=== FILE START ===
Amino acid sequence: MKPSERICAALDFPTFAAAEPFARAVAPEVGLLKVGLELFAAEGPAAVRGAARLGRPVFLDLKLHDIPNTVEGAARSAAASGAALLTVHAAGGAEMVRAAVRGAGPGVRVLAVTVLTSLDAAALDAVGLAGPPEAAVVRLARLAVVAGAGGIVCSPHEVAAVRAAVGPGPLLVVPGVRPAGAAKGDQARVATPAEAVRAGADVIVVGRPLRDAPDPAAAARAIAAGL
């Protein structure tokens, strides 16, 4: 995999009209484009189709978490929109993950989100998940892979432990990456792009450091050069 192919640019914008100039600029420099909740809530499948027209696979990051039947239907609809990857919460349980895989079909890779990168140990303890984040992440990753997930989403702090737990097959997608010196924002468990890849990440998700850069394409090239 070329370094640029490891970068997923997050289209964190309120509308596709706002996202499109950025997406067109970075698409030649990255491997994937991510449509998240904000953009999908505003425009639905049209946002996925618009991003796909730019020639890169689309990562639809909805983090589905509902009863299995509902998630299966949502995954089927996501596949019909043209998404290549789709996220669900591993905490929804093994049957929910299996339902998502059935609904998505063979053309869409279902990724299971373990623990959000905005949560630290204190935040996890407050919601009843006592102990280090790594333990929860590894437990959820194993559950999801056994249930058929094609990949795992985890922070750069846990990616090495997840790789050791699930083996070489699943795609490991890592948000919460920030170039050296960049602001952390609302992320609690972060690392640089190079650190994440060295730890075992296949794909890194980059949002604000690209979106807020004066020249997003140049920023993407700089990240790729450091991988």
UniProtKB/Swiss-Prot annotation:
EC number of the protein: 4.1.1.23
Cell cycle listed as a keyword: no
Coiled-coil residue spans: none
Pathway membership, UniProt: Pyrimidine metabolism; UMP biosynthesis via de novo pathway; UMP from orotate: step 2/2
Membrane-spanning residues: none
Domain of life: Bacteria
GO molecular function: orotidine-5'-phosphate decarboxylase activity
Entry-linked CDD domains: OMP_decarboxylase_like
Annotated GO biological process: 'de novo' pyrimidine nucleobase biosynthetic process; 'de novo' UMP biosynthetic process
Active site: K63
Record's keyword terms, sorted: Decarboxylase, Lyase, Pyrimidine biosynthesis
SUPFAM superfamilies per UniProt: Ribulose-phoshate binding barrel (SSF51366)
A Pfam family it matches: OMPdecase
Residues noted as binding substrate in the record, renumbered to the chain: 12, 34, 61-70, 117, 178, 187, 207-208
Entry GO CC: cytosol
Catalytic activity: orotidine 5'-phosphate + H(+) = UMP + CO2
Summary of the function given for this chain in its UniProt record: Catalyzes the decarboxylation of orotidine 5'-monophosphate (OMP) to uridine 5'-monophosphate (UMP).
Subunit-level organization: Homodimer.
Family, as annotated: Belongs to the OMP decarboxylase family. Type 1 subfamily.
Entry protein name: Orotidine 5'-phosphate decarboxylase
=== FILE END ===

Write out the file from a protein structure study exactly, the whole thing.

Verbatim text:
Amino acid sequence: MKPSERICAALDFPTFAAAEPFARAVAPEVGLLKVGLELFAAEGPAAVRGAARLGRPVFLDLKLHDIPNTVEGAARSAAASGAALLTVHAAGGAEMVRAAVRGAGPGVRVLAVTVLTSLDAAALDAVGLAGPPEAAVVRLARLAVVAGAGGIVCSPHEVAAVRAAVGPGPLLVVPGVRPAGAAKGDQARVATPAEAVRAGADVIVVGRPLRDAPDPAAAARAIAAGL
């Protein structure tokens, strides 16, 4: 995999009209484009189709978490929109993950989100998940892979432990990456792009450091050069 192919640019914008100039600029420099909740809530499948027209696979990051039947239907609809990857919460349980895989079909890779990168140990303890984040992440990753997930989403702090737990097959997608010196924002468990890849990440998700850069394409090239 070329370094640029490891970068997923997050289209964190309120509308596709706002996202499109950025997406067109970075698409030649990255491997994937991510449509998240904000953009999908505003425009639905049209946002996925618009991003796909730019020639890169689309990562639809909805983090589905509902009863299995509902998630299966949502995954089927996501596949019909043209998404290549789709996220669900591993905490929804093994049957929910299996339902998502059935609904998505063979053309869409279902990724299971373990623990959000905005949560630290204190935040996890407050919601009843006592102990280090790594333990929860590894437990959820194993559950999801056994249930058929094609990949795992985890922070750069846990990616090495997840790789050791699930083996070489699943795609490991890592948000919460920030170039050296960049602001952390609302992320609690972060690392640089190079650190994440060295730890075992296949794909890194980059949002604000690209979106807020004066020249997003140049920023993407700089990240790729450091991988």
UniProtKB/Swiss-Prot annotation:
EC number of the protein: 4.1.1.23
Cell cycle listed as a keyword: no
Coiled-coil residue spans: none
Pathway membership, UniProt: Pyrimidine metabolism; UMP biosynthesis via de novo pathway; UMP from orotate: step 2/2
Membrane-spanning residues: none
Domain of life: Bacteria
GO molecular function: orotidine-5'-phosphate decarboxylase activity
Entry-linked CDD domains: OMP_decarboxylase_like
Annotated GO biological process: 'de novo' pyrimidine nucleobase biosynthetic process; 'de novo' UMP biosynthetic process
Active site: K63
Record's keyword terms, sorted: Decarboxylase, Lyase, Pyrimidine biosynthesis
SUPFAM superfamilies per UniProt: Ribulose-phoshate binding barrel (SSF51366)
A Pfam family it matches: OMPdecase
Residues noted as binding substrate in the record, renumbered to the chain: 12, 34, 61-70, 117, 178, 187, 207-208
Entry GO CC: cytosol
Catalytic activity: orotidine 5'-phosphate + H(+) = UMP + CO2
Summary of the function given for this chain in its UniProt record: Catalyzes the decarboxylation of orotidine 5'-monophosphate (OMP) to uridine 5'-monophosphate (UMP).
Subunit-level organization: Homodimer.
Family, as annotated: Belongs to the OMP decarboxylase family. Type 1 subfamily.
Entry protein name: Orotidine 5'-phosphate decarboxylase